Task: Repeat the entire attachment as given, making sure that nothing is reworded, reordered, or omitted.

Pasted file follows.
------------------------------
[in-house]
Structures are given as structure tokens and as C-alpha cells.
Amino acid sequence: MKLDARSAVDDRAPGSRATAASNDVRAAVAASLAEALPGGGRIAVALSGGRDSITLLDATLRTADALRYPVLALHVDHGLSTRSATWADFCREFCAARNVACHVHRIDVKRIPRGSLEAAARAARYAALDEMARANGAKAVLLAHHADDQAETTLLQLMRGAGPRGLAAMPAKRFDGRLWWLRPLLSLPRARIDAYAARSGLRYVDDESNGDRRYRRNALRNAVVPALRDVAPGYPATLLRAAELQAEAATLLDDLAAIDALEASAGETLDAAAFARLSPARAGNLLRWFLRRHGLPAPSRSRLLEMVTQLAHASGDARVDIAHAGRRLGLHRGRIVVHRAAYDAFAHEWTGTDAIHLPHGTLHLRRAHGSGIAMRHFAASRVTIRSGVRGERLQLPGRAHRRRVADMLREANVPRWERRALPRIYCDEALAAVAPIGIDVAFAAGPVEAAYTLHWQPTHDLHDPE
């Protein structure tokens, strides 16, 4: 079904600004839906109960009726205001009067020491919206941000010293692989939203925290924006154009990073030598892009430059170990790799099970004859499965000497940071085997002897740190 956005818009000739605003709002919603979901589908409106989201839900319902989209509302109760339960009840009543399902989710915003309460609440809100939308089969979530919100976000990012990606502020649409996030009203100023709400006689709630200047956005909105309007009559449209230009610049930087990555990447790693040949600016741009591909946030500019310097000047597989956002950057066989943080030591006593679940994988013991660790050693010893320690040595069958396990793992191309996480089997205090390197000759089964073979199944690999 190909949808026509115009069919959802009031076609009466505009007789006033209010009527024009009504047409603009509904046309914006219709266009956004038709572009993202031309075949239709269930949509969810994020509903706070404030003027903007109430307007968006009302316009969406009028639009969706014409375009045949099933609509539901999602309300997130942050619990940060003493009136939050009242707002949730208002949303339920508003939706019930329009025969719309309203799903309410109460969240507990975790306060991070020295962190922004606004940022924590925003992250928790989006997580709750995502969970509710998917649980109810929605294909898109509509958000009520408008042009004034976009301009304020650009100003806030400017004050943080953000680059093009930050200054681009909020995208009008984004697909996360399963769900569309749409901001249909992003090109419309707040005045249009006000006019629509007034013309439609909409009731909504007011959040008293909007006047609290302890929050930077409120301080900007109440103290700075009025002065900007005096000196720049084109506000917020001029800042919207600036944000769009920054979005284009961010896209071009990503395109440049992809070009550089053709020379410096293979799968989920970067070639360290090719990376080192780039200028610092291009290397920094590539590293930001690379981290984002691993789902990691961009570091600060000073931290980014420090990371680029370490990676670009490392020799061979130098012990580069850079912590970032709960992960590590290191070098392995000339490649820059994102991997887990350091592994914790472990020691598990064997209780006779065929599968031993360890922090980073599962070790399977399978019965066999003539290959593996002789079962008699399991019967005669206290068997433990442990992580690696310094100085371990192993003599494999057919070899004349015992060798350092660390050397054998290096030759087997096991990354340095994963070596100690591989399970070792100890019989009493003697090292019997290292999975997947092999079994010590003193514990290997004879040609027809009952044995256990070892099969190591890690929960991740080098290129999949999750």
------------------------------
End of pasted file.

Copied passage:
[in-house]
Structures are given as structure tokens and as C-alpha cells.
Amino acid sequence: MKLDARSAVDDRAPGSRATAASNDVRAAVAASLAEALPGGGRIAVALSGGRDSITLLDATLRTADALRYPVLALHVDHGLSTRSATWADFCREFCAARNVACHVHRIDVKRIPRGSLEAAARAARYAALDEMARANGAKAVLLAHHADDQAETTLLQLMRGAGPRGLAAMPAKRFDGRLWWLRPLLSLPRARIDAYAARSGLRYVDDESNGDRRYRRNALRNAVVPALRDVAPGYPATLLRAAELQAEAATLLDDLAAIDALEASAGETLDAAAFARLSPARAGNLLRWFLRRHGLPAPSRSRLLEMVTQLAHASGDARVDIAHAGRRLGLHRGRIVVHRAAYDAFAHEWTGTDAIHLPHGTLHLRRAHGSGIAMRHFAASRVTIRSGVRGERLQLPGRAHRRRVADMLREANVPRWERRALPRIYCDEALAAVAPIGIDVAFAAGPVEAAYTLHWQPTHDLHDPE
């Protein structure tokens, strides 16, 4: 079904600004839906109960009726205001009067020491919206941000010293692989939203925290924006154009990073030598892009430059170990790799099970004859499965000497940071085997002897740190 956005818009000739605003709002919603979901589908409106989201839900319902989209509302109760339960009840009543399902989710915003309460609440809100939308089969979530919100976000990012990606502020649409996030009203100023709400006689709630200047956005909105309007009559449209230009610049930087990555990447790693040949600016741009591909946030500019310097000047597989956002950057066989943080030591006593679940994988013991660790050693010893320690040595069958396990793992191309996480089997205090390197000759089964073979199944690999 190909949808026509115009069919959802009031076609009466505009007789006033209010009527024009009504047409603009509904046309914006219709266009956004038709572009993202031309075949239709269930949509969810994020509903706070404030003027903007109430307007968006009302316009969406009028639009969706014409375009045949099933609509539901999602309300997130942050619990940060003493009136939050009242707002949730208002949303339920508003939706019930329009025969719309309203799903309410109460969240507990975790306060991070020295962190922004606004940022924590925003992250928790989006997580709750995502969970509710998917649980109810929605294909898109509509958000009520408008042009004034976009301009304020650009100003806030400017004050943080953000680059093009930050200054681009909020995208009008984004697909996360399963769900569309749409901001249909992003090109419309707040005045249009006000006019629509007034013309439609909409009731909504007011959040008293909007006047609290302890929050930077409120301080900007109440103290700075009025002065900007005096000196720049084109506000917020001029800042919207600036944000769009920054979005284009961010896209071009990503395109440049992809070009550089053709020379410096293979799968989920970067070639360290090719990376080192780039200028610092291009290397920094590539590293930001690379981290984002691993789902990691961009570091600060000073931290980014420090990371680029370490990676670009490392020799061979130098012990580069850079912590970032709960992960590590290191070098392995000339490649820059994102991997887990350091592994914790472990020691598990064997209780006779065929599968031993360890922090980073599962070790399977399978019965066999003539290959593996002789079962008699399991019967005669206290068997433990442990992580690696310094100085371990192993003599494999057919070899004349015992060798350092660390050397054998290096030759087997096991990354340095994963070596100690591989399970070792100890019989009493003697090292019997290292999975997947092999079994010590003193514990290997004879040609027809009952044995256990070892099969190591890690929960991740080098290129999949999750």